Body Fat percentage is suposed to be more accurate reading of your health risks then BMI… However what about this theoretical situation.
A girl has 32% body fat (lowest end of “obese”) and she has a BMI of 24.9 (upper end of “healthy”) If she was 5'4″ this is 145lbs (47.85lbs of fat)
So what if she gained muscle to make her body fat 22% (considered “ideal” for women) while maintaing that ammount of fat. This would put that girl at over 217lbs. (BMI “obese”)
Is this really healthier?
Please explain this to me.
no doubt- I hate the BMI chart.
But at some point, doesn't your overall body mass start having a negative effect- no matter how much of it is muscle?
More mass means the harder your heart has to work- even if it has been conditioned this has got to be a little hard on it. More mass still means more wear on your joints- even if your joints are stronger. Etc. Etc. Why?
Math is correct- even if the numbers are funky. (chances are, if you have that much muscle, you will have a harder time maintaining both the fat and the muscle)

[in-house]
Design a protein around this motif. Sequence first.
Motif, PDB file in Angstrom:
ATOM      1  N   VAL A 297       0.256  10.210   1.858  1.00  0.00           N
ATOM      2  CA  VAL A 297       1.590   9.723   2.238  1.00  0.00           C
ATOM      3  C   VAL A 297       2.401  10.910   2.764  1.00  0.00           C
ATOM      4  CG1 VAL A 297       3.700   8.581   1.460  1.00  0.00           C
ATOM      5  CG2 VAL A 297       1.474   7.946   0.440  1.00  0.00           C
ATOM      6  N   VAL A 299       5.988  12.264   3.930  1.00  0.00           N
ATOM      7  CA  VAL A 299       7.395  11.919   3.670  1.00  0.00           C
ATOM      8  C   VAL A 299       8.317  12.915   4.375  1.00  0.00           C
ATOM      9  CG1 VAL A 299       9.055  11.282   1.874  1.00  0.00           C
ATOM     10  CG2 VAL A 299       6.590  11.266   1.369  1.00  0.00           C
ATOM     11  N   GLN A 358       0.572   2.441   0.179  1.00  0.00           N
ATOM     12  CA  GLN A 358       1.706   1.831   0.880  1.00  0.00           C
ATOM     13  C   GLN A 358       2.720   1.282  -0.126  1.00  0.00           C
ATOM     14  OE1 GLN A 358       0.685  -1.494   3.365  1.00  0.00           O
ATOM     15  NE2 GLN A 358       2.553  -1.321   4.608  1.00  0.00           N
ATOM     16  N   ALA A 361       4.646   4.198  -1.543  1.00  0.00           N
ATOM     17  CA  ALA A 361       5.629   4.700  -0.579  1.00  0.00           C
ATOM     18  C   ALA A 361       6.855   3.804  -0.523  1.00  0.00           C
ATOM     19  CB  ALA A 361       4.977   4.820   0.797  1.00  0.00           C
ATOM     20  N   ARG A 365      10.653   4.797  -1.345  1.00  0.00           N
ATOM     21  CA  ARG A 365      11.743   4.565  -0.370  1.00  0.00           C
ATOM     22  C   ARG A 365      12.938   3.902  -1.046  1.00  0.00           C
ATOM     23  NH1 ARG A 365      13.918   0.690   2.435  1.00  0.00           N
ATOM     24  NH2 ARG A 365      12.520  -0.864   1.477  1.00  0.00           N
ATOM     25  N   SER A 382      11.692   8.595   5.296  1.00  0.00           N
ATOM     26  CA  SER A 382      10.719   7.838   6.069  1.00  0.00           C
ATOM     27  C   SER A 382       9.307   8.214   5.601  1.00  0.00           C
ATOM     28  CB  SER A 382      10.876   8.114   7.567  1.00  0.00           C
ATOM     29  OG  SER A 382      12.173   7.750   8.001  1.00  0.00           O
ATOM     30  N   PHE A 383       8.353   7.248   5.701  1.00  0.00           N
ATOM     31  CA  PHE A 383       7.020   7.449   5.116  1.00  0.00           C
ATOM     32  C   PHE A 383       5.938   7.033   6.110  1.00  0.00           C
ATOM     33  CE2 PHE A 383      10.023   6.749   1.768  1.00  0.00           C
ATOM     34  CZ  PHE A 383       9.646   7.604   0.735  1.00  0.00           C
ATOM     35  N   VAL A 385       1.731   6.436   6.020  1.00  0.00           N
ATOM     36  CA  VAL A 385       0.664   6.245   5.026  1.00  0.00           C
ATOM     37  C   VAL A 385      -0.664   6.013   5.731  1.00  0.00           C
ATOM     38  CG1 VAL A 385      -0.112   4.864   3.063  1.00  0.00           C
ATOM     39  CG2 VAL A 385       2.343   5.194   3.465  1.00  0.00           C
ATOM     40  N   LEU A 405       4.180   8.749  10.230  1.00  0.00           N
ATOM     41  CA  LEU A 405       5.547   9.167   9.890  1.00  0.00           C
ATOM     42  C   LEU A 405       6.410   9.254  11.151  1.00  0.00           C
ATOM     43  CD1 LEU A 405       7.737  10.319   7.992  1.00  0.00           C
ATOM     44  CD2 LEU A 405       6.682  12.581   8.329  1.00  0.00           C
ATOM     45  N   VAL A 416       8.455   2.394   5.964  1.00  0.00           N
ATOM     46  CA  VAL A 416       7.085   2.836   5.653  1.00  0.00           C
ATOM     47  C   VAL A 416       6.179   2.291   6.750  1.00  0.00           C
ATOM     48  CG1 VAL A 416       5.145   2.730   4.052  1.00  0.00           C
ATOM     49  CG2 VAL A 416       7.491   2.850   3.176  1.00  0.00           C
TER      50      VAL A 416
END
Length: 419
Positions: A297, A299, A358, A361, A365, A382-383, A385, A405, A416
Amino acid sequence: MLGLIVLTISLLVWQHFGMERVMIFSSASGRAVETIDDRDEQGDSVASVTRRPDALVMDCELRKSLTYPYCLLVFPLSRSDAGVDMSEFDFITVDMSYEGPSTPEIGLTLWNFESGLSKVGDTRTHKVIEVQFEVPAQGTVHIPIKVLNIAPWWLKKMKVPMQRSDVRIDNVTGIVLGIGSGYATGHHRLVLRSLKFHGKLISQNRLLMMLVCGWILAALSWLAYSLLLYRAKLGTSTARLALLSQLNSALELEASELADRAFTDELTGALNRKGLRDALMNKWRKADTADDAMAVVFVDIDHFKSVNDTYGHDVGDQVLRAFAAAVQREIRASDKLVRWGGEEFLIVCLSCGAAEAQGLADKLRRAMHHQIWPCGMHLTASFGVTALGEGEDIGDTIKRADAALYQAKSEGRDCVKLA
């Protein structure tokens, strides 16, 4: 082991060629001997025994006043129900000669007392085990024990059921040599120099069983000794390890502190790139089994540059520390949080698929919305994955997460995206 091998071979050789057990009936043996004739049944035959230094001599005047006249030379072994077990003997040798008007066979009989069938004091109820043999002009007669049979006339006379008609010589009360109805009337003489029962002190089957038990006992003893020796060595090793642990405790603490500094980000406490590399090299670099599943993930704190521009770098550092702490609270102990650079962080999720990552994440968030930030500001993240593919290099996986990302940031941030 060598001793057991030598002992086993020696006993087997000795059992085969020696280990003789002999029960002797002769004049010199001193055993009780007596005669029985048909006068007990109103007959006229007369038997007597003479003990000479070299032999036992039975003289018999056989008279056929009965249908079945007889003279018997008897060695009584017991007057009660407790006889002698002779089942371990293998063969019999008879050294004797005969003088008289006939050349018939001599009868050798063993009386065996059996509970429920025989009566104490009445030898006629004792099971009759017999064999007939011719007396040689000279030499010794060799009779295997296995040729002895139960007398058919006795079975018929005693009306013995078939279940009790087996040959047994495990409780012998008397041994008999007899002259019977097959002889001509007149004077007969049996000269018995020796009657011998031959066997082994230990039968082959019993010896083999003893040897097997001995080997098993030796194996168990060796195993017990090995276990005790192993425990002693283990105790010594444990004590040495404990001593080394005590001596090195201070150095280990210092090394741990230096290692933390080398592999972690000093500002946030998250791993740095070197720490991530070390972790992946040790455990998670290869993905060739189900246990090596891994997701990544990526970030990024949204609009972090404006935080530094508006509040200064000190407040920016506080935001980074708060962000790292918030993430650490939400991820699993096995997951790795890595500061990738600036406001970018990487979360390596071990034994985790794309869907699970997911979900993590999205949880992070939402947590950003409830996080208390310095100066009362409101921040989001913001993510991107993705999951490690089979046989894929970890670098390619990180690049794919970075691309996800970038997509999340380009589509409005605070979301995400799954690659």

Yes, it is healthier. BMIs are almost completely useless; your height to weight ratio doesn't determine your overall health. Your body fat percentage does. Imagine someone who is 5' tall, but is a solid wall of muscle and weighs about 200. Would this person be unhealthy? Nope.
Now imagine a person who's 6' tall, and has a very skinny frame, but has a lot of fat and weighs about 200. This person would be unhealthy.
The lower your body fat percentage, the less the fat you have can affect your body's processes, since it's spread out over more tissue.